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Angry Birds Match is a match-3 mobile game that hatches nothing new

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Collectibles and timed challenges are two of the most addictive things in mobile gaming. Rovio Entertainment’s Angry Birds Match wants to tempt you with both, and it’s out now on iOS and Android.

So far, we’ve seen the iconic Angry Birds take several different forms — racing, matching tiles, and pinging around a pinball machine. This is their first appearance in a match-3 game. Like in last year’s Angry Birds Action, the characters look more like their onscreen counterparts from the Angry Birds movie than their counterparts from the older mobile games.

Angry Birds Match doesn’t innovate, but it does do the match-3 gameplay well. The first few levels introduce boosts (like red birds that you can launch vertically or horizontally) and different obstacles on the board (like “glue” that you have to match to dispel). Of course, green pigs hassle you as you try to meet objectives, such as clearing all the mud patches in a level.

As you beat levels, you unlock and collect little hatchlings — baby birds that are new characters from the movie. These hatchlings don’t do much. They’re just cute. When you find a new hatchling, it gifts you with a key that lets you open a treasure chest, which often contains power-ups, gems (which you use to purchase boosts), and extra moves on the next level. Altogether, there are eight “worlds” at launch, such as a beach and a club, with appropriately themed hatchlings in each area to collect.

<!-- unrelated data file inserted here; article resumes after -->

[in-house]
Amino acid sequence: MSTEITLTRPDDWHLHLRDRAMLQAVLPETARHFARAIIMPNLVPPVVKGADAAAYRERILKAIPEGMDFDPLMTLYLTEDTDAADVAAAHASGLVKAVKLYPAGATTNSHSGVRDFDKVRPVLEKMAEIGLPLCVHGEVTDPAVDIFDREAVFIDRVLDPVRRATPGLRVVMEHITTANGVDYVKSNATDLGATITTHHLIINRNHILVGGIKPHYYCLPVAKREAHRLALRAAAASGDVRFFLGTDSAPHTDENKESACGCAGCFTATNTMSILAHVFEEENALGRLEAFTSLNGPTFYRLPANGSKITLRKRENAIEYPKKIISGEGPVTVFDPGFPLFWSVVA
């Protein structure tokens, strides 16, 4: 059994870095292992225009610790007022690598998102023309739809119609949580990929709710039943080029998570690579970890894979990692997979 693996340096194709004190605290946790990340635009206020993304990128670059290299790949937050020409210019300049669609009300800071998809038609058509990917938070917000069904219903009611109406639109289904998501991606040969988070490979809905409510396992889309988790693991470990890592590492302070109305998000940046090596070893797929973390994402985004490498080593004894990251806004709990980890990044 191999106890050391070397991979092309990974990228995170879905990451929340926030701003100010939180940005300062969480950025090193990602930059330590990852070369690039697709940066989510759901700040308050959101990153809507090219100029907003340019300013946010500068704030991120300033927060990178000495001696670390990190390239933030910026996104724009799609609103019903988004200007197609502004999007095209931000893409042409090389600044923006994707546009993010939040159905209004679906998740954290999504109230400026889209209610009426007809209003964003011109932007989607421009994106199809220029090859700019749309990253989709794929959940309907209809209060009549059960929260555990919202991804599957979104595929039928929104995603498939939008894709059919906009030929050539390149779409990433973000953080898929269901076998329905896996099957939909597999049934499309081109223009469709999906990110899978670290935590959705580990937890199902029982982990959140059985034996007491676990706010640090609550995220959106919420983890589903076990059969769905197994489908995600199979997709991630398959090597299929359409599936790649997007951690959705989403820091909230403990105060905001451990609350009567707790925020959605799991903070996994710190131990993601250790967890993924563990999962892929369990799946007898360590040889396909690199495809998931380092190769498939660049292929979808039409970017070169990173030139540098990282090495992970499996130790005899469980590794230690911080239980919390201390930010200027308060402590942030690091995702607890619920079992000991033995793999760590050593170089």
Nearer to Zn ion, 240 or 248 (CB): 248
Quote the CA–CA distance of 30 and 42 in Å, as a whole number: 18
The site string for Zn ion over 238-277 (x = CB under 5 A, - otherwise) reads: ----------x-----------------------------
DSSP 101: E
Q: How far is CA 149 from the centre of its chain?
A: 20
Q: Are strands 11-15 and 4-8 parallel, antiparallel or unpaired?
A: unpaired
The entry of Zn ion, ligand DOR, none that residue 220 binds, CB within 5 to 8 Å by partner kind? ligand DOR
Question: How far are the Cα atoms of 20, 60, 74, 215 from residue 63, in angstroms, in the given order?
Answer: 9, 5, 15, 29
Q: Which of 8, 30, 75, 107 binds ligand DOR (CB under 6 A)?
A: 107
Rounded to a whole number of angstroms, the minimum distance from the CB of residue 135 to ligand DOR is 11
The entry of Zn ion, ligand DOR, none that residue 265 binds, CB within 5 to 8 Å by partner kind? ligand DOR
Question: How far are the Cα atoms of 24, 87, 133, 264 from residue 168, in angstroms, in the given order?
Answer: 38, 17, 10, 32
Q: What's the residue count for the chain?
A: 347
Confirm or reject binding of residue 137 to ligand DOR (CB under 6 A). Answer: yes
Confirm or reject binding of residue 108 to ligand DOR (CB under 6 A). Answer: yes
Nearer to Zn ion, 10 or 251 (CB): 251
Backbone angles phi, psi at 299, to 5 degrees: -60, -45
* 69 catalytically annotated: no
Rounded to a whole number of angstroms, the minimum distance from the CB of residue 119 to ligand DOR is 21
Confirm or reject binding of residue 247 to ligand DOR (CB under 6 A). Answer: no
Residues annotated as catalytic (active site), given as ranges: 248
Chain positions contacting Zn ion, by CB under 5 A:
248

Every so often, a timed event occurs that challenges you to complete a certain set of goals (such as beat 15 special levels) to unlock a Royal Chest. These prizes, unlike basic chests and premium chests, can only be earned by beating the event.

All of this is pretty intuitive, but there are also odd decisions. For instance, you have to match donuts and popsicles on some levels, which seems a little too Candy Crush and out of place. You also can’t replay levels, which is a little disappointing. The collectible aspect also seems to be half-baked, since the hatchlings don’t actually do anything. You can buy or earn different outfits for them, but these outfits are only marginally different.

Rovio’s been having a good year. It reported that its Q2 revenues grew 94 percent to $101.2 million, due to the Angry Birds movie as well as its library of games — which aren’t all just avian spin-offs. Earlier this year, it launched Battle Bay, a 5-versus-5 multiplayer mobile title with nary a bird in sight. But it’s only been a year since Angry Birds hit box offices, and there’s a sequel on the way in 2019, so Rovio is still viewing the franchise as its main moneymaker.

It does seem a little late in the game for Rovio to be attempting a match-3 game, but overall, it’s a pretty polished presentation. It just isn’t anything new.

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